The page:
By Ben Eisen 

Bank of America Corp.'s profit tumbled 52% in the second quarter after the bank set aside billions of dollars to prepare for soured loans.

The Charlotte, N.C.-based bank said Thursday that it earned $3.53 billion, versus the $7.35 billion it made a year earlier. Per share, earnings of 37 cents were above the 28 cents that analysts polled by FactSet had forecast.

Profit was hit by an increase in the bank's provision for loan losses, reflecting concern across the banking industry that the recession resulting from the coronavirus pandemic will result in a wave of defaults.

The bank set aside $5.12 billion on top of the $4.76 billion it put away last quarter. The provision included an additional $3.97 billion that the bank set aside for future losses, as well as $1.15 billion for net charge-offs.

This recession has been unusual in that the federal government has provided unprecedented stimulus to help companies and consumers, and lenders have let customers temporarily skip debt payments. But bank executives are expecting defaults ahead as those programs wear off and the economy remains partially shut.

JPMorgan Chase & Co., Citigroup Inc. and Wells Fargo & Co., the other biggest U.S. banks, collectively socked away $28 billion in the second quarter for loan losses. Bank of America, the second-largest U.S. bank by assets, has a giant U.S. customer base that makes it especially sensitive to the state of the economy.

While the bank expects a deep recession, Chief Executive Brian Moynihan sounded a more optimistic note than other bank executives about the economy. He said that while consumer spending was well below 2019 levels in April and May, it was about flat in June and higher in early July.

"As states began to reopen in the past couple months we saw an improvement in spending levels as customers became more active buying fuel and spending on home projects and eating out," he said on a call with analysts.

Bank of America said it processed some 1.8 million payment deferrals on consumer debt so far this year, mostly for credit-card customers earlier in the spring. Mr. Moynihan said he expects deferrals will decline unless the economy worsens significantly.

The bank posted revenue of $22.33 billion, down about 3% from a year earlier.

A bright spot was the bank's capital markets businesses. Extreme market turbulence in March was followed by buoyant stock and bond markets in the second quarter.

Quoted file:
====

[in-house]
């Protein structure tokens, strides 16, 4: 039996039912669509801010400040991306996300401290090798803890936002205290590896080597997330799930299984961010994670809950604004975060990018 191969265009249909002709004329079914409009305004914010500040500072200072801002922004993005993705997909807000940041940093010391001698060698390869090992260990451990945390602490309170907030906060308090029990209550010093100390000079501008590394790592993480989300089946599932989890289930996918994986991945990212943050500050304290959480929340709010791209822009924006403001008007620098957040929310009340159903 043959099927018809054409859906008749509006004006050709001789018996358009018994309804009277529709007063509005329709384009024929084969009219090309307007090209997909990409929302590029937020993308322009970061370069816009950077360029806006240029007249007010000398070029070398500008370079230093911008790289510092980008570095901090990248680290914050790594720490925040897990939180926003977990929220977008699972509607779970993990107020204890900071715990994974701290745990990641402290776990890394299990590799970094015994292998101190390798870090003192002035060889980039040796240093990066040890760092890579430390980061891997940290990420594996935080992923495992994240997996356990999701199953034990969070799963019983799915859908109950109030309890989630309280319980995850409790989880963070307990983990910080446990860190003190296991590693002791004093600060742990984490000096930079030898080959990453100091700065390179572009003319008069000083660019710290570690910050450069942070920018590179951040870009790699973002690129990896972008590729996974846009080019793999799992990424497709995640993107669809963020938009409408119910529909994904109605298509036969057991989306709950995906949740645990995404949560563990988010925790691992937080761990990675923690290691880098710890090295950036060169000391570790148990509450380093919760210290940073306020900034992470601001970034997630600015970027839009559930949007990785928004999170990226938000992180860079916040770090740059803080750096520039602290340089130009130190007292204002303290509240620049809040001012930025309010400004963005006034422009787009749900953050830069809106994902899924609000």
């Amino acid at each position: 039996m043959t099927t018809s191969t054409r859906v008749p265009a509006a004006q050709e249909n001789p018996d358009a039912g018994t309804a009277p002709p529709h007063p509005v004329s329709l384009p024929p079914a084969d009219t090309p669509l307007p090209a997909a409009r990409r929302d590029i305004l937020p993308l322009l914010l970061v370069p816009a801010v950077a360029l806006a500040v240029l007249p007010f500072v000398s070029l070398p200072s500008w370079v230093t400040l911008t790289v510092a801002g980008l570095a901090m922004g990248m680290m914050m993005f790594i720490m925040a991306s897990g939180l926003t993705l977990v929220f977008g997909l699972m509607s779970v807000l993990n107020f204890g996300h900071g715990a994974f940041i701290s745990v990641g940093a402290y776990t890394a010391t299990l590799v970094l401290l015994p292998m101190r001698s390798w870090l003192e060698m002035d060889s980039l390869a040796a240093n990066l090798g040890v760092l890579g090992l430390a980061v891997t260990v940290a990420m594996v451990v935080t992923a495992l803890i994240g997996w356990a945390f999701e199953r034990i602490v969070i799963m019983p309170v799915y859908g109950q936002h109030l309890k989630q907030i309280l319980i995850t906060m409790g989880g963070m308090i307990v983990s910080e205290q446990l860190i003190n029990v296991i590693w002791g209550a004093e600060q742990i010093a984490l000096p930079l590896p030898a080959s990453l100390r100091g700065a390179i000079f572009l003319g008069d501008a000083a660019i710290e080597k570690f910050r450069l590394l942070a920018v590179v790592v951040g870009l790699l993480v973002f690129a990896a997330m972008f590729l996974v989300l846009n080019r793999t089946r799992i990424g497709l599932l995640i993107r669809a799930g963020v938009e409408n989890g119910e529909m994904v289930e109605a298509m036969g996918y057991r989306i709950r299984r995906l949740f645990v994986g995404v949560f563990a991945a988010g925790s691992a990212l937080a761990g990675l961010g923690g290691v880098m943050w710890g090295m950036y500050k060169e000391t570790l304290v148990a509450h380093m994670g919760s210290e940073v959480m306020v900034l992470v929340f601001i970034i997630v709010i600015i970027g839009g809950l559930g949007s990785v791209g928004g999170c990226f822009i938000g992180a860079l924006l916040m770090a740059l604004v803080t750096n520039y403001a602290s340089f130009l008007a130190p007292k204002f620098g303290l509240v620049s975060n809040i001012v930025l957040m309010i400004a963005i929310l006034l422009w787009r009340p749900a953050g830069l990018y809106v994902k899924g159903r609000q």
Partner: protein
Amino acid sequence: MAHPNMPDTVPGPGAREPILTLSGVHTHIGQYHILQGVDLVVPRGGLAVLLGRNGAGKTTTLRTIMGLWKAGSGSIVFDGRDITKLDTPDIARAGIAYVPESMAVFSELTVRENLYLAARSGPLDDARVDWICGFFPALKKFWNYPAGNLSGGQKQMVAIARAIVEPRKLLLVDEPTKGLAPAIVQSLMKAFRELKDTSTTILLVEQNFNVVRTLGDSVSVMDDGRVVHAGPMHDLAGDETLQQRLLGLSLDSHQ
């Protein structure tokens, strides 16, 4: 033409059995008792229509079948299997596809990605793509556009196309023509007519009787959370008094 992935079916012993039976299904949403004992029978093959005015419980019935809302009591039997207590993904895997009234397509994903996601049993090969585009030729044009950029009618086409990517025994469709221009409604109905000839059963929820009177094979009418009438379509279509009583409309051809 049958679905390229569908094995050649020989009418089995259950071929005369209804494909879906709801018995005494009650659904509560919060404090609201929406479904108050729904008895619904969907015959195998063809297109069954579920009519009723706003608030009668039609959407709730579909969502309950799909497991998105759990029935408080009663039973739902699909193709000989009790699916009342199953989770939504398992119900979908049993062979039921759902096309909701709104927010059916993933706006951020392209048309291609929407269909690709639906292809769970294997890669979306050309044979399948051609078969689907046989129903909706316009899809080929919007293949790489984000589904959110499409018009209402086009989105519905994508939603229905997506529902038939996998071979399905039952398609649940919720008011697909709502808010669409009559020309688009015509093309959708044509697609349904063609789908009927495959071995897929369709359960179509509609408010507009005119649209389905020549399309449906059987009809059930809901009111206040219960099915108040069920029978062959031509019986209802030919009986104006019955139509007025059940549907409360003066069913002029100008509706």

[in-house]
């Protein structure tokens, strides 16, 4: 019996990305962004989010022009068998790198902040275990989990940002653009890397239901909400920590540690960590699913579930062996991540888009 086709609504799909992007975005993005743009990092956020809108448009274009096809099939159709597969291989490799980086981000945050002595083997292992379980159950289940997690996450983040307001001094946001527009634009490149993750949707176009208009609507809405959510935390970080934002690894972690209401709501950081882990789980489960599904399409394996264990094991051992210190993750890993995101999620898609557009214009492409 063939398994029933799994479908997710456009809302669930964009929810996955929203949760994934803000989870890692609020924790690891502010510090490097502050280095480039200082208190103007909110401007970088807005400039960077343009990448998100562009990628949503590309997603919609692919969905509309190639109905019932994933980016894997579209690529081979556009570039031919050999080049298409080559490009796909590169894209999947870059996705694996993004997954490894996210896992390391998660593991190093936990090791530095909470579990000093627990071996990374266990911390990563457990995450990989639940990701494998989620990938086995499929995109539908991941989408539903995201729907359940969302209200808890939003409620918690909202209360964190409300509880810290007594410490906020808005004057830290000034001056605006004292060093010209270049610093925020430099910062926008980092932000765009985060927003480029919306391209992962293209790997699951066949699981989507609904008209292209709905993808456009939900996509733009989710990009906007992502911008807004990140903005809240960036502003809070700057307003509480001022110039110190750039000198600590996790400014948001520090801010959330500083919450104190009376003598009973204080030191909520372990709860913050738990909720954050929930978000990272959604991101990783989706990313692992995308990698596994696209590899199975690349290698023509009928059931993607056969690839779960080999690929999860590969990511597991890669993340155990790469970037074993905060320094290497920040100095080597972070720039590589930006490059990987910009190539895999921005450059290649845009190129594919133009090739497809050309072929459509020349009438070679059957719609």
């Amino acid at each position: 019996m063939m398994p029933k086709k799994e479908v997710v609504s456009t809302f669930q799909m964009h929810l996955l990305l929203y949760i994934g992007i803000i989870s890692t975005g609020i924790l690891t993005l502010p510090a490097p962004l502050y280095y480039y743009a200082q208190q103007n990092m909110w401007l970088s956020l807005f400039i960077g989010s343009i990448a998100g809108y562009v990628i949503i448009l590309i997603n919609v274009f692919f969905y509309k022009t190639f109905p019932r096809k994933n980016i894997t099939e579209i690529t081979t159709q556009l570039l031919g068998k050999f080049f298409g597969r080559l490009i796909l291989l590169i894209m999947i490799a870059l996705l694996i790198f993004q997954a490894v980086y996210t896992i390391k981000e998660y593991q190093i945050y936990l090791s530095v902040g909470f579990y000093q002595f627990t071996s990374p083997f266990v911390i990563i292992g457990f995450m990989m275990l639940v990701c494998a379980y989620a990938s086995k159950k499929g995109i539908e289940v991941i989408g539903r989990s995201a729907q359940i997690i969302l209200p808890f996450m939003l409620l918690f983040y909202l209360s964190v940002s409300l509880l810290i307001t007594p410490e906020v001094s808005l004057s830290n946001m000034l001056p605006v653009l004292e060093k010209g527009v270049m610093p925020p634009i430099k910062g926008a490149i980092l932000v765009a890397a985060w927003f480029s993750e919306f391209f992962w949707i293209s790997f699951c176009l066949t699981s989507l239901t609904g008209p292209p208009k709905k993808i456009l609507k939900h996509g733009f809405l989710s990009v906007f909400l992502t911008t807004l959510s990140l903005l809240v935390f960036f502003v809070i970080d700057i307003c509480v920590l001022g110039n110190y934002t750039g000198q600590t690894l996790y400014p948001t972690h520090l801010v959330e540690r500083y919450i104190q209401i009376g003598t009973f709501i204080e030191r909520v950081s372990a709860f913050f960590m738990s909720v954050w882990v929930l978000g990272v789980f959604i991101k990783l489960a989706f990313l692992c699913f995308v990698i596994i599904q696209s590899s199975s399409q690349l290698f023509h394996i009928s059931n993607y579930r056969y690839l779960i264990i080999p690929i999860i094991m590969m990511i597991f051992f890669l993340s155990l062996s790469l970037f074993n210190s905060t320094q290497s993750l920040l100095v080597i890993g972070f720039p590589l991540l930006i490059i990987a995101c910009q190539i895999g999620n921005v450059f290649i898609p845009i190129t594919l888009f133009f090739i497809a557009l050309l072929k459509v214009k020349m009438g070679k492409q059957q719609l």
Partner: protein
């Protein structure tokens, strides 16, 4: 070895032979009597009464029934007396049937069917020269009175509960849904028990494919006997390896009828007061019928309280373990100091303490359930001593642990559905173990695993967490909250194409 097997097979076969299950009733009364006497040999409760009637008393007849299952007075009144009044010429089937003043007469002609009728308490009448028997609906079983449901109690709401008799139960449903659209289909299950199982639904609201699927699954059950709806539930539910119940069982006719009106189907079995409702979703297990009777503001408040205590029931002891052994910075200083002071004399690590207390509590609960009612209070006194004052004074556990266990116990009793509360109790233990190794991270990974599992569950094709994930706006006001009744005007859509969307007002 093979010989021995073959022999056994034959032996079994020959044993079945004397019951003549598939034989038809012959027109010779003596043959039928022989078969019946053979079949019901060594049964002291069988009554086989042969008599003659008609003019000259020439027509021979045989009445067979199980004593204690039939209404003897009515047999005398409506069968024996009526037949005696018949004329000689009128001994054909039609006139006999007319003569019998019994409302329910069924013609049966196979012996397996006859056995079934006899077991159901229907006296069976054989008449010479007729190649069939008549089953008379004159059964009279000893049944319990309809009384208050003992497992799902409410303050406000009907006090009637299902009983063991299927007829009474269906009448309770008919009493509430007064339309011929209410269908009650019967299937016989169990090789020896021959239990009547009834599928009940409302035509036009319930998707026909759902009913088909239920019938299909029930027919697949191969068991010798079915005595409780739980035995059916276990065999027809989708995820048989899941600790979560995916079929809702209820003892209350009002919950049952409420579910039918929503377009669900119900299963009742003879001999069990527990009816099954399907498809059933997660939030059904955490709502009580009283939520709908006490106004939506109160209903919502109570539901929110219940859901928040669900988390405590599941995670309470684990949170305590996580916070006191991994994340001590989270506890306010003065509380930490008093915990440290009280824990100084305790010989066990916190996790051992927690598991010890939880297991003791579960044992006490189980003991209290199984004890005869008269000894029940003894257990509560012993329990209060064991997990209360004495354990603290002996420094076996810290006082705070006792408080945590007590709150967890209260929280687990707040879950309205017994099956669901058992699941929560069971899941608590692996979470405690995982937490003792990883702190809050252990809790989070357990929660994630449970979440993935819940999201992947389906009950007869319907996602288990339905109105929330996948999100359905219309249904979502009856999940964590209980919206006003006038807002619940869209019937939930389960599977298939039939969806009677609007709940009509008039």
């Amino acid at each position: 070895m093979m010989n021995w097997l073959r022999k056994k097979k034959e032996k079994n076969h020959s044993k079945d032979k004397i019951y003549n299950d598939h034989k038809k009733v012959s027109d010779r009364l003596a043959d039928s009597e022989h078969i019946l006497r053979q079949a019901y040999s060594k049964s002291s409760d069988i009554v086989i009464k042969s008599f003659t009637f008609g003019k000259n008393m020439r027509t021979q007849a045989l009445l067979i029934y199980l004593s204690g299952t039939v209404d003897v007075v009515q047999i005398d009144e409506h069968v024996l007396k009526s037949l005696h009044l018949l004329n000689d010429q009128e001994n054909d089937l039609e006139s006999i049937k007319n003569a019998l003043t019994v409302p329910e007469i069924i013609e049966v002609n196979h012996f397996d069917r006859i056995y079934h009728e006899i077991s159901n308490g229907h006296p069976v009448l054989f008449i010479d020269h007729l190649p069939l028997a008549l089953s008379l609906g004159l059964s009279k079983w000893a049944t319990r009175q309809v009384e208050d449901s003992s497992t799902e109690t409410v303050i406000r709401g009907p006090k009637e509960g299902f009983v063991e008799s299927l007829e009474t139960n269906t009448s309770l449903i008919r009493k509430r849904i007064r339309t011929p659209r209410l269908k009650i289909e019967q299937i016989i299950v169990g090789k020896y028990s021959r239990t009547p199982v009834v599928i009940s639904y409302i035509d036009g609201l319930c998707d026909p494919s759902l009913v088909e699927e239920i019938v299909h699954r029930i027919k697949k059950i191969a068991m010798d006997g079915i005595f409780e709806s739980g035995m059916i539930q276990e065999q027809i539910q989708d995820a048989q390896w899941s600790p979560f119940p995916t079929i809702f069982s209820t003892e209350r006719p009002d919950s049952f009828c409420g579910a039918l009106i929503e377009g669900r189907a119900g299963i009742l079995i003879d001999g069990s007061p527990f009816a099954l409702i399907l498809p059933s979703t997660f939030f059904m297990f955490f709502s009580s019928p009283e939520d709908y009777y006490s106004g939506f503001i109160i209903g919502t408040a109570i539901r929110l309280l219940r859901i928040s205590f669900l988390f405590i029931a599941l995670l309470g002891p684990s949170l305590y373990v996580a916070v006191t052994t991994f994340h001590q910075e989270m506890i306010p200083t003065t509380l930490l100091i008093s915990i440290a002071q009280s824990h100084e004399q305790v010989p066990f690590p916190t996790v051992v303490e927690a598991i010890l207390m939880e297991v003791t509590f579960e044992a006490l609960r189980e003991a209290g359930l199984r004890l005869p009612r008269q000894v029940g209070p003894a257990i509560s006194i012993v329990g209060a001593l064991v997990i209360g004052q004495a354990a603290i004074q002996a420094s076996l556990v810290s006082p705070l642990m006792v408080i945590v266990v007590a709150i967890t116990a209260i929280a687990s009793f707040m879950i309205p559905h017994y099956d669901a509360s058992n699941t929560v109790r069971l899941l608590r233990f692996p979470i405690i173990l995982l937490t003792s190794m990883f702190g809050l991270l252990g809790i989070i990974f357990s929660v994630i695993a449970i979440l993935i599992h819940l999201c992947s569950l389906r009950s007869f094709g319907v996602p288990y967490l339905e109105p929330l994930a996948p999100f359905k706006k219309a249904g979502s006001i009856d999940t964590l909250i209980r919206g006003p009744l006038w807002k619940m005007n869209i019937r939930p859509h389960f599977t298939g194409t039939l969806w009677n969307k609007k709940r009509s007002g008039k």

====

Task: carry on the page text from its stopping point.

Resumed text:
Adjusted trading revenue of $4.41 billion was up 35% from $3.27 billion a year ago. Wild markets also powered trading at rivals including JPMorgan and Goldman Sachs Group Inc.

Bank of America posted a 50% jump in fixed-income trading revenue, as well as a roughly 7% rise equities.

Total investment banking fees jumped 57% to a record $2.16 billion, led by an 87% rise in equity issuance. The bank's businesses that help companies issue debt and advise on mergers also had strong growth.

Companies in the second quarter rushed to sell stock and debt to shore up their finances as markets got back to normal and to take advantage of low interest rates.

Falling interest rates in recent months have made it more difficult for banks to profit by borrowing money at low rates and lending it out at a higher rate. Bank of America's net interest margin fell to 1.87% from 2.33% in the first quarter. The bank's net interest income declined 11% to $10.85 billion.

Its noninterest income, which includes fees and is less dependent on the level of rates, rose 5% to $11.48 billion.

Expenses in the second quarter increased slightly versus last year to $13.41 billion, as banks spent money setting up employees to work from home and safeguarding their branches.

Bank of America shares fell 3.9% in morning trading Thursday. The lender's stock has fallen more than 30% so far this year, slightly outperforming the 34% drop in the KBW Nasdaq Bank Index of large financial institutions.

Write to Ben Eisen at


(END) Dow Jones Newswires

July 16, 2020 09:53 ET (13:53 GMT)

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